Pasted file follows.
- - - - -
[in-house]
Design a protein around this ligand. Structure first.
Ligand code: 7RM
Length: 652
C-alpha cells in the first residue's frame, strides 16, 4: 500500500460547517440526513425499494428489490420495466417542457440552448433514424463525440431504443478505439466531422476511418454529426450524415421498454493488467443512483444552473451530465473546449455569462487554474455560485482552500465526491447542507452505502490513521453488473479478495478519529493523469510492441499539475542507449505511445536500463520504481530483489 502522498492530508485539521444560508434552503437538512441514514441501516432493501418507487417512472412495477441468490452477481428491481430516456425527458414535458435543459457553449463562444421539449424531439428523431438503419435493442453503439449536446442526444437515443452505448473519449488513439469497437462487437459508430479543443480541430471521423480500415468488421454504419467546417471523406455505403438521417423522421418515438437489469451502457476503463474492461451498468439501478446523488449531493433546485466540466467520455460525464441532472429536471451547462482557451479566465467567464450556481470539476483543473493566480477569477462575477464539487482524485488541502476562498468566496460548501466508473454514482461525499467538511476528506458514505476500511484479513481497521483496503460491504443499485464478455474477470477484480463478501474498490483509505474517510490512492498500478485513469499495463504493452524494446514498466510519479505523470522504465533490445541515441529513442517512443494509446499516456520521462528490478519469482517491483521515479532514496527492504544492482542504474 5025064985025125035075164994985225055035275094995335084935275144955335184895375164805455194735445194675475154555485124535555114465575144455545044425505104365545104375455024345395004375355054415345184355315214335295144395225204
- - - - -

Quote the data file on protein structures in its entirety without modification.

[in-house]
Design a protein around this ligand. Structure first.
Ligand code: 7RM
Length: 652
C-alpha cells in the first residue's frame, strides 16, 4: 500500500460547517440526513425499494428489490420495466417542457440552448433514424463525440431504443478505439466531422476511418454529426450524415421498454493488467443512483444552473451530465473546449455569462487554474455560485482552500465526491447542507452505502490513521453488473479478495478519529493523469510492441499539475542507449505511445536500463520504481530483489 502522498492530508485539521444560508434552503437538512441514514441501516432493501418507487417512472412495477441468490452477481428491481430516456425527458414535458435543459457553449463562444421539449424531439428523431438503419435493442453503439449536446442526444437515443452505448473519449488513439469497437462487437459508430479543443480541430471521423480500415468488421454504419467546417471523406455505403438521417423522421418515438437489469451502457476503463474492461451498468439501478446523488449531493433546485466540466467520455460525464441532472429536471451547462482557451479566465467567464450556481470539476483543473493566480477569477462575477464539487482524485488541502476562498468566496460548501466508473454514482461525499467538511476528506458514505476500511484479513481497521483496503460491504443499485464478455474477470477484480463478501474498490483509505474517510490512492498500478485513469499495463504493452524494446514498466510519479505523470522504465533490445541515441529513442517512443494509446499516456520521462528490478519469482517491483521515479532514496527492504544492482542504474 5025064985025125035075164994985225055035275094995335084935275144955335184895375164805455194735445194675475154555485124535555114465575144455545044425505104365545104375455024345395004375355054415345184355315214335295144395225204